Collecting unpaid royalties: Trends, traps, and litigation strategies in textbook royalty enforcement

textbooksMuch has been written about changes in the college textbook marketplace over the last decade. The industry has adapted to new pedagogical methods, the proliferation of digital learning materials, and profitability pressures felt by publishers — all leading to significant innovation in the publication of learning materials. Some observers have concluded that we may be witnessing the death of the textbook as we have known it.

As the textbook publishing marketplace has changed, so too have relationships evolved between authors and their publishers. Commercial arrangements forged in the era of print media — which were amended and extended over time to apply to the publication of new editions — have been impacted by these industry-wide changes. [Read more…]

How to part with your publisher when your textbook goes out of print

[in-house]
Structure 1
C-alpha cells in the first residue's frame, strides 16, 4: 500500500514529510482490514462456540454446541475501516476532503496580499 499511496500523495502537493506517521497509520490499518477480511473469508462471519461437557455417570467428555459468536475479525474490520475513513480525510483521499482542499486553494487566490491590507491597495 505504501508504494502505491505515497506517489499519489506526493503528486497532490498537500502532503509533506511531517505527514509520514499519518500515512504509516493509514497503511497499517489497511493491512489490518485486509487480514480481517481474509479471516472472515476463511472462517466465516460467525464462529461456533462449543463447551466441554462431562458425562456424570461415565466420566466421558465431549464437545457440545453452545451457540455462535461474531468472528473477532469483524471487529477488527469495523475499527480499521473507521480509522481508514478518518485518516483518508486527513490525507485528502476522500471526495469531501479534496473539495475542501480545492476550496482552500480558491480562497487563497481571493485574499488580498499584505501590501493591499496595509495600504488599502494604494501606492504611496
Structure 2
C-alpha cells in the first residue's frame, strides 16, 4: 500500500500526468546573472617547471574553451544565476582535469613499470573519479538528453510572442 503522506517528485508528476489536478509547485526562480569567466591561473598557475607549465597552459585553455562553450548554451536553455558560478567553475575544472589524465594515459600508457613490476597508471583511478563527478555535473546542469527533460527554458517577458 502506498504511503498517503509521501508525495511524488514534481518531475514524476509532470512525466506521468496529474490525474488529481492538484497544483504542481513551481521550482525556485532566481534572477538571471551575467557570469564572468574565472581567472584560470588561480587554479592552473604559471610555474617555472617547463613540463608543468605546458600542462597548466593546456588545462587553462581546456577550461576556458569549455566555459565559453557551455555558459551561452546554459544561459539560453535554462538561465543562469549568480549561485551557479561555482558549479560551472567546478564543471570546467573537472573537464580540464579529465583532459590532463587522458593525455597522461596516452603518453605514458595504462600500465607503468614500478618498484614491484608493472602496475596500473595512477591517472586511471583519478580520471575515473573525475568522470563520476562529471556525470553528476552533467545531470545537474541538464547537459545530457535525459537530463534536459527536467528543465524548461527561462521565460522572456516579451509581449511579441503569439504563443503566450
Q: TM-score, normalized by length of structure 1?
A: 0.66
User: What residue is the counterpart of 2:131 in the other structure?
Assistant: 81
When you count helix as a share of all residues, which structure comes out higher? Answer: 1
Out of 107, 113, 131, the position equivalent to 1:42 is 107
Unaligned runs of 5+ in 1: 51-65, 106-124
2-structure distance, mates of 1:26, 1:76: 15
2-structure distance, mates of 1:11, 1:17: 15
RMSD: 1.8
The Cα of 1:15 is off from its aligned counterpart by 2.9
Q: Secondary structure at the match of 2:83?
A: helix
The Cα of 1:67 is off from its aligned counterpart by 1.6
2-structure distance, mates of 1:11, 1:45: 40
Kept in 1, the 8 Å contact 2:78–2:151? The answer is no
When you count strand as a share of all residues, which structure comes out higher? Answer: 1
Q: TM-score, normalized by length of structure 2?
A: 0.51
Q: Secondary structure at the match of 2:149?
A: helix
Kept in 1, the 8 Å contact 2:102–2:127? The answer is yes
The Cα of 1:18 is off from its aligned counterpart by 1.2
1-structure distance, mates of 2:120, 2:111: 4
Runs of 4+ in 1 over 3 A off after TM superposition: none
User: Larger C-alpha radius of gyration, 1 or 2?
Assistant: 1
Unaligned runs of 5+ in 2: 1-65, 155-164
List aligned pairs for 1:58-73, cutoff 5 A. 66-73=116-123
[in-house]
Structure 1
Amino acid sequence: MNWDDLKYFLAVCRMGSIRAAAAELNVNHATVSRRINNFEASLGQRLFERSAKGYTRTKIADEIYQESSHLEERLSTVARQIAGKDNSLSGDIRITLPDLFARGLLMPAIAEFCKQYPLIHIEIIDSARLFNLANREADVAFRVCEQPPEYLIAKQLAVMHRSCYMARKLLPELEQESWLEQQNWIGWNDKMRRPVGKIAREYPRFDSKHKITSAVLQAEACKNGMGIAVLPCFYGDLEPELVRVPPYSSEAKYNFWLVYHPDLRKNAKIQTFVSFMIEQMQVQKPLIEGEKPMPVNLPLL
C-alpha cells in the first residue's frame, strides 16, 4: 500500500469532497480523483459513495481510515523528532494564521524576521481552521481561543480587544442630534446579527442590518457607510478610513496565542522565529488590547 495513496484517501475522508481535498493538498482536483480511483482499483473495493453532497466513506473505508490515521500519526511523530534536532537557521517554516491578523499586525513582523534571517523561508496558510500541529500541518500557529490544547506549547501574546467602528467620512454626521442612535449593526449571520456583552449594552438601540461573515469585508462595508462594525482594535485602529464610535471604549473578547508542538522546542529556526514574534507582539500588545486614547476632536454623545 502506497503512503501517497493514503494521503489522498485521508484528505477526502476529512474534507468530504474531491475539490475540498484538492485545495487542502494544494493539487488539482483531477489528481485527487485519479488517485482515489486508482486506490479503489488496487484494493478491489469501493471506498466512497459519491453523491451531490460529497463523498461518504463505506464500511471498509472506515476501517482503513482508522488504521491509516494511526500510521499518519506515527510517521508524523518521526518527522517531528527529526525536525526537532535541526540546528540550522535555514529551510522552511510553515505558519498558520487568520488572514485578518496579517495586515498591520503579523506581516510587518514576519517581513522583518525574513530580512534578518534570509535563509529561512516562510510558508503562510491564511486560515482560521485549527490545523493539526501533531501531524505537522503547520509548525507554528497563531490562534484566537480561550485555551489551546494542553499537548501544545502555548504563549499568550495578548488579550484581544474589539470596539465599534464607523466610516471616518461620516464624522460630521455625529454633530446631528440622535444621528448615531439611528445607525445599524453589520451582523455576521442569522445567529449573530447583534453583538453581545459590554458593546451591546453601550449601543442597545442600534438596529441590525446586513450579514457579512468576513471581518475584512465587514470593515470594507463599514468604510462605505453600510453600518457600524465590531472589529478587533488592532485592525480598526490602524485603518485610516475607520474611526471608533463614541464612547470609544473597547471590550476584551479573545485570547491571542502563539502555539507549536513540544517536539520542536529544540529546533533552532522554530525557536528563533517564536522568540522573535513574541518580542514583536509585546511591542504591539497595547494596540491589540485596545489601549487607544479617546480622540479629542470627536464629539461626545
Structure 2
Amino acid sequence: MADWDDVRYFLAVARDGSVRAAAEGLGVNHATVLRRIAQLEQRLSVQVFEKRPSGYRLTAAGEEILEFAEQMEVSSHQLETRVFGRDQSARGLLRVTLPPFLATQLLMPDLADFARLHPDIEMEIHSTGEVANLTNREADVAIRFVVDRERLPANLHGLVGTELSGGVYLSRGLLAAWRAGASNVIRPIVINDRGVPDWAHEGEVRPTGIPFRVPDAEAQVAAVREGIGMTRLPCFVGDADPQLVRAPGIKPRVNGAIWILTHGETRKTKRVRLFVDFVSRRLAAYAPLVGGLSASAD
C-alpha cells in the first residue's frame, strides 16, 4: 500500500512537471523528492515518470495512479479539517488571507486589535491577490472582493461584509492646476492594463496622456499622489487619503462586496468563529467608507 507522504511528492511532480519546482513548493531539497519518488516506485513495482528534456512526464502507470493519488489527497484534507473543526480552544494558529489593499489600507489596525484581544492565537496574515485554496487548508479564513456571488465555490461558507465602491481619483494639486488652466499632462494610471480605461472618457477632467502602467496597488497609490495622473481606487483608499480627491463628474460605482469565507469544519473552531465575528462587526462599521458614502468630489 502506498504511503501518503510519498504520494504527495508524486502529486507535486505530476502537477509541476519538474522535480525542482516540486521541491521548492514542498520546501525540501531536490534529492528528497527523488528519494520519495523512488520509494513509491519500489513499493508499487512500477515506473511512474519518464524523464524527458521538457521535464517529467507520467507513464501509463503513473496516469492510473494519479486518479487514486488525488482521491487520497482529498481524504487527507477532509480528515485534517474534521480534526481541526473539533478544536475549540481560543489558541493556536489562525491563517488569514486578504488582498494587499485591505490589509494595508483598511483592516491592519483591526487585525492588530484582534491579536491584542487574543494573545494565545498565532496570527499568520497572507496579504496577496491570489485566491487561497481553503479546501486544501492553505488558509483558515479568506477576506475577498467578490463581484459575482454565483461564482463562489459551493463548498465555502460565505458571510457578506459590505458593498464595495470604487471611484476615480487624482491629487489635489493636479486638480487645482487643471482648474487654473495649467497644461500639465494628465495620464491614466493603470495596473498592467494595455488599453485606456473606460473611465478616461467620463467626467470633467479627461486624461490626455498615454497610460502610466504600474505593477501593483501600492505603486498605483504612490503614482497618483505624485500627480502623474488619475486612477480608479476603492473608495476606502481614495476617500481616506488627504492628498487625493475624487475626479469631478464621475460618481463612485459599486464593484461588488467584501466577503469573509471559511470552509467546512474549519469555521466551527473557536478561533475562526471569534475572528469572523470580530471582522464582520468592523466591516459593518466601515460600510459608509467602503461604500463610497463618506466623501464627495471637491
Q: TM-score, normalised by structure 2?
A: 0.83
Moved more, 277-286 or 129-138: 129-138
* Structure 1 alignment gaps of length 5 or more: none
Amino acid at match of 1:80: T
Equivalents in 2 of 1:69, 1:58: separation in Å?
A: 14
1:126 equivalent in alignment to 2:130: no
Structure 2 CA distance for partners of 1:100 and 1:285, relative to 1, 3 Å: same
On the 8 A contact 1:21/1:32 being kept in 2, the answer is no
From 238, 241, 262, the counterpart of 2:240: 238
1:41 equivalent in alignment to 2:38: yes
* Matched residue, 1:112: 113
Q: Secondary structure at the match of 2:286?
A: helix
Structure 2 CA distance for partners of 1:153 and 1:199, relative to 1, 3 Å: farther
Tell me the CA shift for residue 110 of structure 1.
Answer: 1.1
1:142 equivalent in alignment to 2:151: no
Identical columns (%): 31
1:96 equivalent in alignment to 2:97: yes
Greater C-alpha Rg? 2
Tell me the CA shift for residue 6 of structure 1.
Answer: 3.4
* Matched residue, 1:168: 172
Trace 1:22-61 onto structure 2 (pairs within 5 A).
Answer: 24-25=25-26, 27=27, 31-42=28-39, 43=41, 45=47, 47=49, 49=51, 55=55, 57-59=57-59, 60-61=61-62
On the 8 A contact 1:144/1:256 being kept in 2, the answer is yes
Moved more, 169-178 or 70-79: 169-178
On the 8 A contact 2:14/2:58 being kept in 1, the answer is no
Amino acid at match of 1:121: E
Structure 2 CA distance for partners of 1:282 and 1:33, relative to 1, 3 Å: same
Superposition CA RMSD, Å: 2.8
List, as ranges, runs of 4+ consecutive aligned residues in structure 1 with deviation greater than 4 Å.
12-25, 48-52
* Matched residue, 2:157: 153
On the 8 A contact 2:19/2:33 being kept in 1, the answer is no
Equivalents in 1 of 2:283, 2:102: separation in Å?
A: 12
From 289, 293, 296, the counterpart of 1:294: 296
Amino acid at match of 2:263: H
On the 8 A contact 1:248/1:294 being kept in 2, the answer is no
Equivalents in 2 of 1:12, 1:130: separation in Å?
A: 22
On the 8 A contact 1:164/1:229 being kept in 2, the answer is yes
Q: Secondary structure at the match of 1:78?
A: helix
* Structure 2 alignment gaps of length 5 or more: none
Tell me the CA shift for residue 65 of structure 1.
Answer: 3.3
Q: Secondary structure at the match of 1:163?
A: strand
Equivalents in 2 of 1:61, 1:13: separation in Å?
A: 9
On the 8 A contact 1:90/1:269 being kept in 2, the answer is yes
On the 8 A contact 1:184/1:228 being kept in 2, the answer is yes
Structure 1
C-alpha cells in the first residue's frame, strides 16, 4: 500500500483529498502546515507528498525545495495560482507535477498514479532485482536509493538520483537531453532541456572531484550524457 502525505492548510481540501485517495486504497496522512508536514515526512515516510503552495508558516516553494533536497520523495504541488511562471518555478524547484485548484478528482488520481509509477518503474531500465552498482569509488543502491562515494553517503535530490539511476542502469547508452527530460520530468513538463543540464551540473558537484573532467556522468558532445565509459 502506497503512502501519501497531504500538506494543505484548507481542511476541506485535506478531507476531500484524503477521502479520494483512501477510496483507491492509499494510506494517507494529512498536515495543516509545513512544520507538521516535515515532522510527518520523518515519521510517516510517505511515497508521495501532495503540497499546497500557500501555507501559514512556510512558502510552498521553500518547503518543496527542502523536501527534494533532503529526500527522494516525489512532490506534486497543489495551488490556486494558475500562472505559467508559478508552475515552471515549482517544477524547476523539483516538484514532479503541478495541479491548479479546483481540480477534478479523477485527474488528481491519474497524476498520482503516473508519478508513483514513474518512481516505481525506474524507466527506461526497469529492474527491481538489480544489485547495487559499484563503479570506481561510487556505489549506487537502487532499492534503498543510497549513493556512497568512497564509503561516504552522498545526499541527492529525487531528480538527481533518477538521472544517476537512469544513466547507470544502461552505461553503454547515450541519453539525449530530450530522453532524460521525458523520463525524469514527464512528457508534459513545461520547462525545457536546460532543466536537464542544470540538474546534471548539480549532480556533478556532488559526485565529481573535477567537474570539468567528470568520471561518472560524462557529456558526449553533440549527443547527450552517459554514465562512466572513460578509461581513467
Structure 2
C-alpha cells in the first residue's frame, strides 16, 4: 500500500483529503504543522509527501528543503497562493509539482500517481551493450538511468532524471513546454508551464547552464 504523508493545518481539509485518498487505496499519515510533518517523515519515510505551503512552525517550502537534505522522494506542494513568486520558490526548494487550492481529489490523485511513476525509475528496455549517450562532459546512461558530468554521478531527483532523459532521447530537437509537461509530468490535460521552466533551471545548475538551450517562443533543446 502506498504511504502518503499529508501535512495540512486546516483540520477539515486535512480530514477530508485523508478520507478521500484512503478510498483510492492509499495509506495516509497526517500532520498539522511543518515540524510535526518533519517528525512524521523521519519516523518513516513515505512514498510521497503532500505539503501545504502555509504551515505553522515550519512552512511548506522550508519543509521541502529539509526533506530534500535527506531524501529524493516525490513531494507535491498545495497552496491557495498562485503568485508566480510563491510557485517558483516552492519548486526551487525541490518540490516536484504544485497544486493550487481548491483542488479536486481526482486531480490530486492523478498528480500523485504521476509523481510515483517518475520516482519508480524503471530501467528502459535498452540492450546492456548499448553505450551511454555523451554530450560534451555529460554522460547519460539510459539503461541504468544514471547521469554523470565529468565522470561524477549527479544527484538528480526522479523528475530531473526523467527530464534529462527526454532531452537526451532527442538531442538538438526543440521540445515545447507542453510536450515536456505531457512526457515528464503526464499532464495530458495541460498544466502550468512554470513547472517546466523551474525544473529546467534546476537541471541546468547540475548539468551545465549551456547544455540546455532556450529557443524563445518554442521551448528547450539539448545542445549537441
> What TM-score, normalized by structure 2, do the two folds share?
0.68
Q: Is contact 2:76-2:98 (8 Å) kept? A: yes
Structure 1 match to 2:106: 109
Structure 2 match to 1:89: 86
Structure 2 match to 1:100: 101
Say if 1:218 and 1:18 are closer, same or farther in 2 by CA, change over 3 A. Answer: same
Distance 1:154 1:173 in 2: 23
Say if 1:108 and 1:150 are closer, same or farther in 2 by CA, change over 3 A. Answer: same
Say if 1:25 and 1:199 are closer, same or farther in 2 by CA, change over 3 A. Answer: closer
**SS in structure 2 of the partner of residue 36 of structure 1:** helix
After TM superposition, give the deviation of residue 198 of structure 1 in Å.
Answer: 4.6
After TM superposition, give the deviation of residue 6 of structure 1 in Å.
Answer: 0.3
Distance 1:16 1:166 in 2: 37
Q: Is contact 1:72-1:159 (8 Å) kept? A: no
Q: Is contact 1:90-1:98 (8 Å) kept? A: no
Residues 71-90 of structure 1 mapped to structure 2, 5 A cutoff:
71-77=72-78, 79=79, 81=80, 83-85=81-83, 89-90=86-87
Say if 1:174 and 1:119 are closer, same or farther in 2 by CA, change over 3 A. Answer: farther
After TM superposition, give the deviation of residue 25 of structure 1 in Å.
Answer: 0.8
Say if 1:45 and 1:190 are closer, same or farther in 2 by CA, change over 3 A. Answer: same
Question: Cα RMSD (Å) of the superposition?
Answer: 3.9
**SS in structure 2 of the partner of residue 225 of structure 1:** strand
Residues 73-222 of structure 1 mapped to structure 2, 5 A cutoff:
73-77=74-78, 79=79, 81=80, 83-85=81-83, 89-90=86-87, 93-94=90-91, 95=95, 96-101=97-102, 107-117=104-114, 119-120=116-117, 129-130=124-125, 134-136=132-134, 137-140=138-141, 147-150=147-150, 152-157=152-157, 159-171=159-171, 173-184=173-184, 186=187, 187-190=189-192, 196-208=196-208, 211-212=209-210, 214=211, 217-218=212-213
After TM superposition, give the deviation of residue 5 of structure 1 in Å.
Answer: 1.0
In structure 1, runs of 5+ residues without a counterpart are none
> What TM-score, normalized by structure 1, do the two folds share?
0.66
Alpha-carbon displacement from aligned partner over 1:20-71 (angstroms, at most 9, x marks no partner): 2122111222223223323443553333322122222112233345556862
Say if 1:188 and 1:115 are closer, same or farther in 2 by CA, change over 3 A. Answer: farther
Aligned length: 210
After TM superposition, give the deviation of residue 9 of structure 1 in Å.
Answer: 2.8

Textbook ResearchDuring the 2017 TAA Conference session, “Wanna Get Away? Maybe Now You Can: Parting with Your Publisher,” intellectual property attorney Stephen E. Gillen, a partner at Wood, Herron & Evans, said that one event that can open the door to parting with your publisher is when your textbook goes out of print.

When and how your textbook goes out of print is governed by your contract, said Gillen, which means it’s best to think about these situations in the early stages of negotiating your publishing contract. “They [your publisher] are probably going to be more inclined to make changes in that language in the beginning than they would be somewhere along the way,” he said. [Read more…]